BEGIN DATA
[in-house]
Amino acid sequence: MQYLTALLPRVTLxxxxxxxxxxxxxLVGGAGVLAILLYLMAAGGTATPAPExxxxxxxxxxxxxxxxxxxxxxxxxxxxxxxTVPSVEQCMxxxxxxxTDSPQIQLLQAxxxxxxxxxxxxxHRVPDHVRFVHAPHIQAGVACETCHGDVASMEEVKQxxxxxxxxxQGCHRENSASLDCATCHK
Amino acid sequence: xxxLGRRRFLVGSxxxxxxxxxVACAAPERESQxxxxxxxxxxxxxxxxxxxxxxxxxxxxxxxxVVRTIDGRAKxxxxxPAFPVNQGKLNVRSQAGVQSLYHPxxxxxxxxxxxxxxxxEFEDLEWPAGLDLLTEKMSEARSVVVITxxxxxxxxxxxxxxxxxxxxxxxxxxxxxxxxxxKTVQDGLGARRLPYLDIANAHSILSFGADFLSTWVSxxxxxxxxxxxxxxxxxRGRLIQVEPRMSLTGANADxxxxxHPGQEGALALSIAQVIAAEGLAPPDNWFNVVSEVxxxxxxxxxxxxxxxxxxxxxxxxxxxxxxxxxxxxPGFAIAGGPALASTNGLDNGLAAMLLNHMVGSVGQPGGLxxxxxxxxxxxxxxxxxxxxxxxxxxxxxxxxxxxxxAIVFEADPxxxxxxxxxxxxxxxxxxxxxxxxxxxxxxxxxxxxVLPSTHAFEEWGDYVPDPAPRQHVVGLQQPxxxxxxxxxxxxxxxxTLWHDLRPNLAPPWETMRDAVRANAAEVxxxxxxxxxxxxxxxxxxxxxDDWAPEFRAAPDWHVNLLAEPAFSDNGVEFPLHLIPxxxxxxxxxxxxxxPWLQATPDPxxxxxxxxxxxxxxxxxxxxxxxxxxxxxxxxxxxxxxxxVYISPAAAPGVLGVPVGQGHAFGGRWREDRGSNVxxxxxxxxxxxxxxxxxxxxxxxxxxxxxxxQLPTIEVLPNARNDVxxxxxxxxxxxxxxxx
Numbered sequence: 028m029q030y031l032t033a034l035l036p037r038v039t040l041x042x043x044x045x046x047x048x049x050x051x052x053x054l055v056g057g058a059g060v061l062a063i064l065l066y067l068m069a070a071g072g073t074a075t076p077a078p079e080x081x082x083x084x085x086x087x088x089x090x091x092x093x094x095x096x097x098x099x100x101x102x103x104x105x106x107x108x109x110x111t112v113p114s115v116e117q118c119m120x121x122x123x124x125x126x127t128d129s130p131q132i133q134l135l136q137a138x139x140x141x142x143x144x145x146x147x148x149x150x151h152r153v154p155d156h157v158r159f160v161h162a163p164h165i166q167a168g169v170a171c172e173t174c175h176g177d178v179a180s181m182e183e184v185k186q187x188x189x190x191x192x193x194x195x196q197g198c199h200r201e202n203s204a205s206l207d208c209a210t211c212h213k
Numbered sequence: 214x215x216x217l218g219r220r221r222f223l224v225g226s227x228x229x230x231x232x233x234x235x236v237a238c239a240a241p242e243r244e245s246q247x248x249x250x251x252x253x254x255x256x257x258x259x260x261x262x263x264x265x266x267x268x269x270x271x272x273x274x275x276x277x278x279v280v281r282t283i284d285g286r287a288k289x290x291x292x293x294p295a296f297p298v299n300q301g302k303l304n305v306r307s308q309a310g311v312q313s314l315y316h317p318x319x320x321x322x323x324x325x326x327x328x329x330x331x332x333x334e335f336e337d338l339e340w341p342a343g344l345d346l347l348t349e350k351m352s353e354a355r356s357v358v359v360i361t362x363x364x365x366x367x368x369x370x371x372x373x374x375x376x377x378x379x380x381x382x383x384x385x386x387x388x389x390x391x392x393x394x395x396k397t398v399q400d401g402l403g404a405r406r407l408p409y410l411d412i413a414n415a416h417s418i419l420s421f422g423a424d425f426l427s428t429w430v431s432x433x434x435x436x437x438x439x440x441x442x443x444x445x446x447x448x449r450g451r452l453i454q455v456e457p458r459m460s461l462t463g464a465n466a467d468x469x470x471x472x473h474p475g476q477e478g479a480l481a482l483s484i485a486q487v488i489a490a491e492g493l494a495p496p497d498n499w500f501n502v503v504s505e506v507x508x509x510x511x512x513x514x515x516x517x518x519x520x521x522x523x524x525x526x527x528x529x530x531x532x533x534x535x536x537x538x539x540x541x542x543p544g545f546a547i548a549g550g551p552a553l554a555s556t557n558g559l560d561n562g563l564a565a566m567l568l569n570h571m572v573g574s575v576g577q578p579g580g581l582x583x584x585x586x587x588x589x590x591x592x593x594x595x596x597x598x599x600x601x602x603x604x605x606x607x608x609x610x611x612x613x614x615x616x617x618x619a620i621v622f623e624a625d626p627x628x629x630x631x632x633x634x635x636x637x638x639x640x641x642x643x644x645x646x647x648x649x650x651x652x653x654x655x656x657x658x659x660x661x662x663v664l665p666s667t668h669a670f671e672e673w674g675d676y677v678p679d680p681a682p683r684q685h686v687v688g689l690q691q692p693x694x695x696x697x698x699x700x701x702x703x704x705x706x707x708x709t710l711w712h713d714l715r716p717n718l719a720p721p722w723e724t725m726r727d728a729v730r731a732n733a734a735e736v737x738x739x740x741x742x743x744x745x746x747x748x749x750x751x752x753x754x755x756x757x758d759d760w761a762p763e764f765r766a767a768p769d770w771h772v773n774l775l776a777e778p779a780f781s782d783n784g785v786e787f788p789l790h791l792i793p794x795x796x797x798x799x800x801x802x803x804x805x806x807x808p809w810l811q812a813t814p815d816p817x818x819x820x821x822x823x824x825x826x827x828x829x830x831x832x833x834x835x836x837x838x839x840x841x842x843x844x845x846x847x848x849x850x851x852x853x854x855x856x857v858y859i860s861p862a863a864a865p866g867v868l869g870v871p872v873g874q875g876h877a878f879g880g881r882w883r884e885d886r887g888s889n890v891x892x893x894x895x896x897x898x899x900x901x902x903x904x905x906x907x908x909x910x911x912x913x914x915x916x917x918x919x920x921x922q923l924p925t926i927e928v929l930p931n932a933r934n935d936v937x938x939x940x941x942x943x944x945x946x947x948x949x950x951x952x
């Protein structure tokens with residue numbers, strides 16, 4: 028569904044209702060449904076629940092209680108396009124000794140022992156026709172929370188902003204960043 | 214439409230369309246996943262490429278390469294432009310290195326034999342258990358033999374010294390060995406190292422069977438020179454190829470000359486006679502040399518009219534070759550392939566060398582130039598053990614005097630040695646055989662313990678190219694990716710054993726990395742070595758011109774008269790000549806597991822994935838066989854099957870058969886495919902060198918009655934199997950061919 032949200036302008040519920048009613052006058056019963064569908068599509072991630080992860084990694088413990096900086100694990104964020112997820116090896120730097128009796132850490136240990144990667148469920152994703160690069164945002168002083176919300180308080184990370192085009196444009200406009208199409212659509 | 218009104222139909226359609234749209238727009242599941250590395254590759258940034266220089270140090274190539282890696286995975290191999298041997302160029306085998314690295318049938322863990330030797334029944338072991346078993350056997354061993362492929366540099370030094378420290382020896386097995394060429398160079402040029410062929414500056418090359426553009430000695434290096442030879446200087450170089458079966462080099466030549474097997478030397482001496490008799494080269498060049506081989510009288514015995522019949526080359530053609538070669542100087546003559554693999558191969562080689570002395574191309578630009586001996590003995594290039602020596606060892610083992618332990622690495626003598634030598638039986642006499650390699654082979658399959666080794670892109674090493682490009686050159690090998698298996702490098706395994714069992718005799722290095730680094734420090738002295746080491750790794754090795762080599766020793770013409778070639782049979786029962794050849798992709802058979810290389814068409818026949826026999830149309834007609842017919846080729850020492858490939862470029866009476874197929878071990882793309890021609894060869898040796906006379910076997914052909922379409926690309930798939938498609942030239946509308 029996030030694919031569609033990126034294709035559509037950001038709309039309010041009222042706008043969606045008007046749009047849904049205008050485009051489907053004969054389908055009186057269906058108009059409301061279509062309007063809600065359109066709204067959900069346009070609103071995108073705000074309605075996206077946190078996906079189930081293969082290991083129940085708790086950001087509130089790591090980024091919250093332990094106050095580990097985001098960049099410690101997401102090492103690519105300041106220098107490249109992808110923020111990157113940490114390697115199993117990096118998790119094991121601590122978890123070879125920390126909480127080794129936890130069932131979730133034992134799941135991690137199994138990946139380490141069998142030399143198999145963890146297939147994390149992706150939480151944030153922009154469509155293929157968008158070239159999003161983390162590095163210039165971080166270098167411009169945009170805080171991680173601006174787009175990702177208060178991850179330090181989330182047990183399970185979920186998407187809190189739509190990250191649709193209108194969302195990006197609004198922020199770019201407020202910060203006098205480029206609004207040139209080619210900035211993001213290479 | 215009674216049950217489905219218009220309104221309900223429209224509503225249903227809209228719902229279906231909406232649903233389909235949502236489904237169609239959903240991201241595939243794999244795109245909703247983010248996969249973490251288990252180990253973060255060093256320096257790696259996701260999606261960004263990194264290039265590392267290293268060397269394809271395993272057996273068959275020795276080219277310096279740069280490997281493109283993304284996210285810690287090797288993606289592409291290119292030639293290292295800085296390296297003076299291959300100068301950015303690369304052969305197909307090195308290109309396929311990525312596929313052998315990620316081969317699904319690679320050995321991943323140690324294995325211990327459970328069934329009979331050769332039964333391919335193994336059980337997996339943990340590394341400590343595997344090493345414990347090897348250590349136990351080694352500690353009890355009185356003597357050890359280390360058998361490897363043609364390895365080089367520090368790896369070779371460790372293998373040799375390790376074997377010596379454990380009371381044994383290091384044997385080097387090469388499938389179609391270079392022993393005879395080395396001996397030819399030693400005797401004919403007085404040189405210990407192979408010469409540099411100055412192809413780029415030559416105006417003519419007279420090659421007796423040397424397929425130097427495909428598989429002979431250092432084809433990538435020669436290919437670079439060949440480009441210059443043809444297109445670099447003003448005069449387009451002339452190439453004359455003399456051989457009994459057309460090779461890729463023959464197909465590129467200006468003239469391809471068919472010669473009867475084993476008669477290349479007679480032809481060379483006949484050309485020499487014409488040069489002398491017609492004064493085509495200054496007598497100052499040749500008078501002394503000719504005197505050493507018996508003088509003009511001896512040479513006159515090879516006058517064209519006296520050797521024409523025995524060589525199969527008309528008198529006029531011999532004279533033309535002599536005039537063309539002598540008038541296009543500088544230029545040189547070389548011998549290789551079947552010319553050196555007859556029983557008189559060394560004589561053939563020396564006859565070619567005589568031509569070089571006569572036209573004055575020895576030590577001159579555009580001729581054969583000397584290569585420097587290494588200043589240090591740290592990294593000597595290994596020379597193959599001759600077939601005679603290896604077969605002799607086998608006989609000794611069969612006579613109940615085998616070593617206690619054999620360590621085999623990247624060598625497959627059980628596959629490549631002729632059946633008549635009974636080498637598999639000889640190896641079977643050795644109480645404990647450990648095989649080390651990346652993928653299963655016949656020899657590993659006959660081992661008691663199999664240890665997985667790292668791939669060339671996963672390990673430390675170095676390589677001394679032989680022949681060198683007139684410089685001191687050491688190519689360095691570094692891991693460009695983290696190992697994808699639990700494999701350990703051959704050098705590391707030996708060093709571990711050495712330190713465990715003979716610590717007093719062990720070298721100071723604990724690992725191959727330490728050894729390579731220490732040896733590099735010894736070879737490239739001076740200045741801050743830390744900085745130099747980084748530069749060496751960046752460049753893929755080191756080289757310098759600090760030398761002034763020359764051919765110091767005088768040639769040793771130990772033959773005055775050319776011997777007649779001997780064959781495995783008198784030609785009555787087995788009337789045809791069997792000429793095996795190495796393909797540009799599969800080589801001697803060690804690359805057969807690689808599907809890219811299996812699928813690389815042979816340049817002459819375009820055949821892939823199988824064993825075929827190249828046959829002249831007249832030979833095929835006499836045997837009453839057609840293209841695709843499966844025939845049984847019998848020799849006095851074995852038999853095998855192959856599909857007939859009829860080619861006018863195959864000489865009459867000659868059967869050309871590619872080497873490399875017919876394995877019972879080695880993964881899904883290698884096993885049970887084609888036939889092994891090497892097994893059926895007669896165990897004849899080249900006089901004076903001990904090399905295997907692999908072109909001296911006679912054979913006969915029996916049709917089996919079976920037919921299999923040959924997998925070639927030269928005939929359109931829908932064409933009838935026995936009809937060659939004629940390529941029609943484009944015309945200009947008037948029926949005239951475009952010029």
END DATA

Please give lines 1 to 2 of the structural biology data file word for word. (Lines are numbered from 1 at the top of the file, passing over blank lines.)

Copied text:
[in-house]
Amino acid sequence: MQYLTALLPRVTLxxxxxxxxxxxxxLVGGAGVLAILLYLMAAGGTATPAPExxxxxxxxxxxxxxxxxxxxxxxxxxxxxxxTVPSVEQCMxxxxxxxTDSPQIQLLQAxxxxxxxxxxxxxHRVPDHVRFVHAPHIQAGVACETCHGDVASMEEVKQxxxxxxxxxQGCHRENSASLDCATCHK